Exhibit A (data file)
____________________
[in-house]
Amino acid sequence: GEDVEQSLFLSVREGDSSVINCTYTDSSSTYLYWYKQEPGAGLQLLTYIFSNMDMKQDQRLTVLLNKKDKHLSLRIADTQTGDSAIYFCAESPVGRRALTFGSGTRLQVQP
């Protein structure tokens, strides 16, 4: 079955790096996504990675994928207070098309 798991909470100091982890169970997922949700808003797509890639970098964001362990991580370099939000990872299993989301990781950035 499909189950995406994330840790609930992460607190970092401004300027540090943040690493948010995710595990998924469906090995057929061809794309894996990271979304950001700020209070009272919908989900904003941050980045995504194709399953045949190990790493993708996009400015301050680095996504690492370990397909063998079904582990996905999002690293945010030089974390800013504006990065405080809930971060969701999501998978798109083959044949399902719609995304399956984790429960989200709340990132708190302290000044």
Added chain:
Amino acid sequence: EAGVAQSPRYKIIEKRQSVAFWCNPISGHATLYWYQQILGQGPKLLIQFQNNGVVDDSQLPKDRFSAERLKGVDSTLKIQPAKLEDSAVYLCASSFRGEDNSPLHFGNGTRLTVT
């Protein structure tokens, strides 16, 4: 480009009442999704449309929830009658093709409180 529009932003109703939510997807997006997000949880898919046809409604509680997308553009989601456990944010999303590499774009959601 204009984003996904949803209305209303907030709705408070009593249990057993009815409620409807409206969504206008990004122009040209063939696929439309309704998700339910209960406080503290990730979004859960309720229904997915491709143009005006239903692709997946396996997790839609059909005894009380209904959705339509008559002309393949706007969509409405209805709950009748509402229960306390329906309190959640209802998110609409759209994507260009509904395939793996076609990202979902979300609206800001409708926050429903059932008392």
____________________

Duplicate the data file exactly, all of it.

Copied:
[in-house]
Amino acid sequence: GEDVEQSLFLSVREGDSSVINCTYTDSSSTYLYWYKQEPGAGLQLLTYIFSNMDMKQDQRLTVLLNKKDKHLSLRIADTQTGDSAIYFCAESPVGRRALTFGSGTRLQVQP
């Protein structure tokens, strides 16, 4: 079955790096996504990675994928207070098309 798991909470100091982890169970997922949700808003797509890639970098964001362990991580370099939000990872299993989301990781950035 499909189950995406994330840790609930992460607190970092401004300027540090943040690493948010995710595990998924469906090995057929061809794309894996990271979304950001700020209070009272919908989900904003941050980045995504194709399953045949190990790493993708996009400015301050680095996504690492370990397909063998079904582990996905999002690293945010030089974390800013504006990065405080809930971060969701999501998978798109083959044949399902719609995304399956984790429960989200709340990132708190302290000044």
Added chain:
Amino acid sequence: EAGVAQSPRYKIIEKRQSVAFWCNPISGHATLYWYQQILGQGPKLLIQFQNNGVVDDSQLPKDRFSAERLKGVDSTLKIQPAKLEDSAVYLCASSFRGEDNSPLHFGNGTRLTVT
């Protein structure tokens, strides 16, 4: 480009009442999704449309929830009658093709409180 529009932003109703939510997807997006997000949880898919046809409604509680997308553009989601456990944010999303590499774009959601 204009984003996904949803209305209303907030709705408070009593249990057993009815409620409807409206969504206008990004122009040209063939696929439309309704998700339910209960406080503290990730979004859960309720229904997915491709143009005006239903692709997946396996997790839609059909005894009380209904959705339509008559002309393949706007969509409405209805709950009748509402229960306390329906309190959640209802998110609409759209994507260009509904395939793996076609990202979902979300609206800001409708926050429903059932008392």